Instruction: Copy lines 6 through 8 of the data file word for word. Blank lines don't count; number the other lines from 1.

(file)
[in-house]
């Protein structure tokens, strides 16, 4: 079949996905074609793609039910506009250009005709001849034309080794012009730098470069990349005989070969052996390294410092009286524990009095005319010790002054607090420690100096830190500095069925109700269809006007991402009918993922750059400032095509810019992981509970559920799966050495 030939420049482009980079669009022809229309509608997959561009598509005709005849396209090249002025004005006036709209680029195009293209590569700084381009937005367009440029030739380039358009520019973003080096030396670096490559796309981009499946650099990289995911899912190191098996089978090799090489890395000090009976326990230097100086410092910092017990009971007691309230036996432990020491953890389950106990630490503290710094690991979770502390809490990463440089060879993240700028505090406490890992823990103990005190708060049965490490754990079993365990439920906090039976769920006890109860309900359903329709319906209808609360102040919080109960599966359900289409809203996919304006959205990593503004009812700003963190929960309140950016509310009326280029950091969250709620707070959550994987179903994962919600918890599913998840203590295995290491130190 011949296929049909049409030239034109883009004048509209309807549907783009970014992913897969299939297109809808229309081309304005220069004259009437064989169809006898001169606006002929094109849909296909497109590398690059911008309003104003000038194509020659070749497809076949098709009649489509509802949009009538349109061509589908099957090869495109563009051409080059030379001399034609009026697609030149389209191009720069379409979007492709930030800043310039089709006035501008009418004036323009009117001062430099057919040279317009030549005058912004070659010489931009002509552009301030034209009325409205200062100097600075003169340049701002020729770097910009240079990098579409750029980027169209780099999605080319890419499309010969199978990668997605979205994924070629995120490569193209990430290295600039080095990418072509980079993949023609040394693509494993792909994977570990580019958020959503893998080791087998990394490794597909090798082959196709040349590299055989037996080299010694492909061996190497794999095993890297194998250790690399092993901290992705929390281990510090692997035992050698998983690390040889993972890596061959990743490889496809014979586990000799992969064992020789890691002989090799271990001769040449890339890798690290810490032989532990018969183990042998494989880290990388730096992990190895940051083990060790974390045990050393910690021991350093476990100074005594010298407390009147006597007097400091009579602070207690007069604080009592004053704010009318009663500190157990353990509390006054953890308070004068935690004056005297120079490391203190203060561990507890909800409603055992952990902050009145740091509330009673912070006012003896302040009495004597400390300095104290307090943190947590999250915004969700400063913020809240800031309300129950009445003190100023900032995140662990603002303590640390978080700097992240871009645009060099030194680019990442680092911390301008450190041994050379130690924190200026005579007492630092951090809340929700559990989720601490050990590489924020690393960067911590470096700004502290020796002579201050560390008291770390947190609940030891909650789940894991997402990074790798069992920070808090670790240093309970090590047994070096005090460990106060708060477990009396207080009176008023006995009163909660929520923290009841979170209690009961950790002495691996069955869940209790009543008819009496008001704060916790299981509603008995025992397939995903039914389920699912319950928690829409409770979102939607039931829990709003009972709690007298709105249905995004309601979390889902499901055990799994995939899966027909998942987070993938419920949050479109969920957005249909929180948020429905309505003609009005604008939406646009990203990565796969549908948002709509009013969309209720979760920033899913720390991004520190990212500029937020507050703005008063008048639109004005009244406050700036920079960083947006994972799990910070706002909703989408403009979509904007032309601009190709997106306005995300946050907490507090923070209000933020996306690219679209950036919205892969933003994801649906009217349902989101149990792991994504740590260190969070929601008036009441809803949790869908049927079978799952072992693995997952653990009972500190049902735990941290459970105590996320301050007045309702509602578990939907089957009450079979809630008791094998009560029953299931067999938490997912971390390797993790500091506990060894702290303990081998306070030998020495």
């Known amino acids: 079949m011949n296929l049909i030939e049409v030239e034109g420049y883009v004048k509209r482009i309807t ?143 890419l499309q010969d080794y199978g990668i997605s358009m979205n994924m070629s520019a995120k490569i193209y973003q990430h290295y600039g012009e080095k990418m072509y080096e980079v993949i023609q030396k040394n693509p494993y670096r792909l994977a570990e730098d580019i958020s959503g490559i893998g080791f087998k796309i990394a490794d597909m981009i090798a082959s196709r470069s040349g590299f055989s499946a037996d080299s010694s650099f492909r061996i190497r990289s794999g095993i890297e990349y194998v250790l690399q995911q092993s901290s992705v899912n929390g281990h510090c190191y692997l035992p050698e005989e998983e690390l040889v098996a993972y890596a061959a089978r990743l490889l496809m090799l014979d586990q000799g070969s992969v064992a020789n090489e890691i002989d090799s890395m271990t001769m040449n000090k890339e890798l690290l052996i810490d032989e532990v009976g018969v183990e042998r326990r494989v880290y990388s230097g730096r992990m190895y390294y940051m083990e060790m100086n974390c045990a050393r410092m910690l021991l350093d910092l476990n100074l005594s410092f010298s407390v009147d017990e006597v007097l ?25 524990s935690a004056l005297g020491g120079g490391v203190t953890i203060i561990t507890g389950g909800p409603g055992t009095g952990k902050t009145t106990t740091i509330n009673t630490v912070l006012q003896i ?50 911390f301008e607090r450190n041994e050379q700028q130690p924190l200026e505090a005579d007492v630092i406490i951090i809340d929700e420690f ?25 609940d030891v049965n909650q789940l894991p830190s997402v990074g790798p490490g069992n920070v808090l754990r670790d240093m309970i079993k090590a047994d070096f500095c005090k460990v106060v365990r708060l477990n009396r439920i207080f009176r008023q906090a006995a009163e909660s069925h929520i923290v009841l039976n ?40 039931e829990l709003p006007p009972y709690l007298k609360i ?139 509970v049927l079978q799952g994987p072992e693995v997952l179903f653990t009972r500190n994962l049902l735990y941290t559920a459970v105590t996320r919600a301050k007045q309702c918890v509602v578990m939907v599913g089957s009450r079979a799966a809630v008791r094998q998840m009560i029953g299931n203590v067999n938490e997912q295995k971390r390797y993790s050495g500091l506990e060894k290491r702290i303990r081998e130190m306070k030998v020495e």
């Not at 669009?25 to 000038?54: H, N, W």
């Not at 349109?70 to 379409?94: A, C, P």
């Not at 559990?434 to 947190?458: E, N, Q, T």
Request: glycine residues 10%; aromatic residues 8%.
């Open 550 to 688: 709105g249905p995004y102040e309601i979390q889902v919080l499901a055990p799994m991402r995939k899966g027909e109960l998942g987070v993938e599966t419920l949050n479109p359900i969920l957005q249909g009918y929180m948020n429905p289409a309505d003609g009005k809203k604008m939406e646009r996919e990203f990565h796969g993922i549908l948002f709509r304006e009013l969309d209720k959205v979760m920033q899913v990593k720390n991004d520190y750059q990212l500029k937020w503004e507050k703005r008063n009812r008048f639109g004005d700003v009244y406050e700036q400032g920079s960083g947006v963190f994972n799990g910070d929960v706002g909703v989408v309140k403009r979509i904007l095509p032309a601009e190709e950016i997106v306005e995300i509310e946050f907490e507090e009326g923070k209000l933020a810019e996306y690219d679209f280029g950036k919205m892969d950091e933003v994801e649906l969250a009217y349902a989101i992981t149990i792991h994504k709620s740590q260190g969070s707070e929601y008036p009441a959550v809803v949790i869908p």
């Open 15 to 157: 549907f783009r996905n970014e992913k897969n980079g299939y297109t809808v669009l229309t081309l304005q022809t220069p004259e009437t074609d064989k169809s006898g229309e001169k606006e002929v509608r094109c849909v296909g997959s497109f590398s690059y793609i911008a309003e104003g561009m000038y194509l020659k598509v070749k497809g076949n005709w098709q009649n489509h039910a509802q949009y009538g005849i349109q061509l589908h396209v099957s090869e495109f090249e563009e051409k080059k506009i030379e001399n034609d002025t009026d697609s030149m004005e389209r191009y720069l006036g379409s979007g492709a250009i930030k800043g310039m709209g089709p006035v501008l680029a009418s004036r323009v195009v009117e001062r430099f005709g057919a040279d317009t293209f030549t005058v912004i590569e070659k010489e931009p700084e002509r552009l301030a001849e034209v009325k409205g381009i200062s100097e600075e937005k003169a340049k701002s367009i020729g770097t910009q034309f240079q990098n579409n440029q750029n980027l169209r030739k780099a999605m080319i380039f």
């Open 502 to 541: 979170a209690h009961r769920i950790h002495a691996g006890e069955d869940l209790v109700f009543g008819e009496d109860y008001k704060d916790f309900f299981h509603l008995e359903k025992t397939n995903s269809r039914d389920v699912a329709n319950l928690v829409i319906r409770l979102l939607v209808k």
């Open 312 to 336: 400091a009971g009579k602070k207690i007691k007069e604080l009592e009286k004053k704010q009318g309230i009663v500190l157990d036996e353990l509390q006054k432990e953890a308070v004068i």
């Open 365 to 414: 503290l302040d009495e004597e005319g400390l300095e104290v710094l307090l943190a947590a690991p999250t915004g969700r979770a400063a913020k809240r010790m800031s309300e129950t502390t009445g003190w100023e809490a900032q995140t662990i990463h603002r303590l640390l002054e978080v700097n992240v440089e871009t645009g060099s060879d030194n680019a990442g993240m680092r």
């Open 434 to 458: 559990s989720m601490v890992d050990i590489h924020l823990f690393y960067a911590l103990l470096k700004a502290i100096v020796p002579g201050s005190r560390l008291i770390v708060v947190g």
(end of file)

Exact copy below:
């Not at 559990?434 to 947190?458: E, N, Q, T």
Request: glycine residues 10%; aromatic residues 8%.
């Open 550 to 688: 709105g249905p995004y102040e309601i979390q889902v919080l499901a055990p799994m991402r995939k899966g027909e109960l998942g987070v993938e599966t419920l949050n479109p359900i969920l957005q249909g009918y929180m948020n429905p289409a309505d003609g009005k809203k604008m939406e646009r996919e990203f990565h796969g993922i549908l948002f709509r304006e009013l969309d209720k959205v979760m920033q899913v990593k720390n991004d520190y750059q990212l500029k937020w503004e507050k703005r008063n009812r008048f639109g004005d700003v009244y406050e700036q400032g920079s960083g947006v963190f994972n799990g910070d929960v706002g909703v989408v309140k403009r979509i904007l095509p032309a601009e190709e950016i997106v306005e995300i509310e946050f907490e507090e009326g923070k209000l933020a810019e996306y690219d679209f280029g950036k919205m892969d950091e933003v994801e649906l969250a009217y349902a989101i992981t149990i792991h994504k709620s740590q260190g969070s707070e929601y008036p009441a959550v809803v949790i869908p």